Distinguished homes for sale in the D.C. region

Lyon Village treehouse | This contemporary house in the Lyon Village neighborhood of Arlington, Va., is surrounded by trees. It was designed by architect Berny Hintz, (Struxture Photography)

Stumbling around a potential home site in the moonlight probably isn’t the wisest way to pick a place to build a house, but it worked out pretty well for Patricia Buckley and her husband, Keith Frederick.

Buckley said she and her husband were living in a townhouse in Falls Church, Va., in the late 1980s and wanted to move to Lyon Village, a neighborhood in Arlington, Va. “But we couldn’t find anything we loved,” she said. “We saw a “for sale” sign on a lot and climbed around it under the light of the moon and bought it the next day.”

By 1990, the couple had moved into their house at 1835 N. Kirkwood Pl., designed by Maryland architect Berny Hintz.

“We interviewed several architects before we chose Berny, but most of them talked about building the house into the side of the steep hill on the lot,” Buckley said. “I just wanted an open, light-filled house, and their plans meant one side of the house would be totally dark. Plus, I was worried about water issues from building that way.”

Hintz’s plan was to build a five-level house mounted on a concrete foundation and steel columns. The house would have several decks and lots of windows. It would be surrounded by trees.

“The house is built like a treehouse,” Buckley said. “In fact, the original design included a tree in the middle, with the house built around it like a doughnut. I thought it was cool, but I couldn’t sleep worrying about what would happen if the tree died or got struck by lightning and we’d have to take apart the house to get to it.”

A redesign took out the doughnut hole and added interior space.

Another notable feature of the five-level house is the four-flight staircase.

“We’ve lived here for 30 years and raised our two kids here, so when people ask about the staircase, I just tell them that both kids ended up being college athletes,” Buckley said.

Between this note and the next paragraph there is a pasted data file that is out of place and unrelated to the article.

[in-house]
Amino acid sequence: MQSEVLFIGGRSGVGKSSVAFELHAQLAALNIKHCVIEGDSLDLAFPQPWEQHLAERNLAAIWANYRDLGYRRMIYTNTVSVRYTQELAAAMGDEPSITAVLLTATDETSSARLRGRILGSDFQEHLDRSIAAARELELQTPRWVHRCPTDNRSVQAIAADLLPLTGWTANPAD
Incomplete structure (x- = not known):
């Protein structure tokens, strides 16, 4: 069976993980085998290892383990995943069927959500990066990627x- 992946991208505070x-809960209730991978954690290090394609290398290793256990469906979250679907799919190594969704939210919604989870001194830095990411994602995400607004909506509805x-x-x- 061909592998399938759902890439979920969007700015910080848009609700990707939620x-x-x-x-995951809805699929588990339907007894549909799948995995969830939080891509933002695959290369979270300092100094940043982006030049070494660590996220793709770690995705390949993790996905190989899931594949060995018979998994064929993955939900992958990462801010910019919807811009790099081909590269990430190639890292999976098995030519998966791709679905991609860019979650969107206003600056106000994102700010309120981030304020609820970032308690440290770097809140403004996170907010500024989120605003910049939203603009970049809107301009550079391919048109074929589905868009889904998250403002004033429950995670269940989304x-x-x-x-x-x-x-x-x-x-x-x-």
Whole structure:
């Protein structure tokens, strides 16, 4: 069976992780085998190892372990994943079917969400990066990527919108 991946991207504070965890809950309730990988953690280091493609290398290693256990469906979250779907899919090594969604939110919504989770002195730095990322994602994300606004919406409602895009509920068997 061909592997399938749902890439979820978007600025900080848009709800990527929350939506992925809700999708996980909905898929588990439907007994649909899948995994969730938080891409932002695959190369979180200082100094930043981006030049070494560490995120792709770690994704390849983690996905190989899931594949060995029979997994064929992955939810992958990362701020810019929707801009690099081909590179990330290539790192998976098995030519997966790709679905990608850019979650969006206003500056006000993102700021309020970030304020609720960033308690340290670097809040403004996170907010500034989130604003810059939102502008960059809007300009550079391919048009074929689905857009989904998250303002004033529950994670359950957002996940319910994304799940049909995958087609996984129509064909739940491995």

Now that the children are ­married and living in Utah, Buckley and Frederick are ready to leave their beloved treehouse . . . almost.

“It’s hard to leave a place that’s so completely a reflection of our personalities, where we’ve had so many great parties and family moments,” said Buckley, who can still gush about her home. “My favorite thing about the house is all the bright light, especially right now, when the trees are golden, and in the spring when they’re light green. It’s like living in a jewelry box.”

New Year’s Eve, the Kentucky Derby, Halloween and other occasions have given Buckley and Frederick an excuse to open their home to friends and neighbors for sit-down dinners or buffets. The house has outdoor space on every level, and Buckley said it has a perfect corner for a Christmas tree on the main level.

Buckley and Frederick have remodeled the kitchen and bathrooms and replaced a fireplace shared by the living room and dining room, but the “nuts-and-bolts” of the design are the same as the original.

“The whole house feels sculptural, and it has 90 windows, most of which you can open,” Buckley said. “When the weather is nice and you open them, it feels like you’re living outside.”

The entrance foyer, on the ground floor, has stairs leading up to the first level of living space, which has a study and a guest suite with a bedroom, a bathroom, a kitchenette and a porch. Buckley’s mother lived in the suite for several years.

One floor up, the main living level has 12-foot-high ceilings and decks at either end of the open floor plan, which includes a family room, living and dining areas, and a kitchen. This level also has a powder room.

“When we reconfigured the kitchen, which was kind of squared off, we added what I call our ‘swooshing’ wall, which was an opportunity to add curve and color to the space,” Buckley said. The curved wall is covered in purple, yellow and green tiles.

The upper level includes the primary bedroom, which has a private balcony, a walk-in closet and a spalike bathroom with a soaking tub and a separate shower. Several steps lead up from the primary bedroom to a cupola, which Buckley used as an art studio and which offers a private place among the trees.

The upper level has two more bedrooms, another bathroom and a laundry room.

“This house has always attracted a lot of attention since it’s so unusual,” Buckley said. “I remember getting a note in the mailbox from a student who asked if we could give her and her boyfriend a tour as a birthday present to him.”

While Buckley conceded that it would have been smarter to have an engineer take a look before she and her husband bought the lot, she said she hasn’t regretted their moonlight decision for a moment.

$1.995 million

Features: The five-story contemporary house has three levels of living space plus a ground-floor entrance foyer and a top-level cupola. It also has four bedrooms, four bathrooms, hardwood floors, a study, multiple decks, a screened porch and a heated driveway.

Approximate square-footage: 3,100

Lot size: One-third acre

Listing agent: Sheri Grant with TTR Sotheby’s International Realty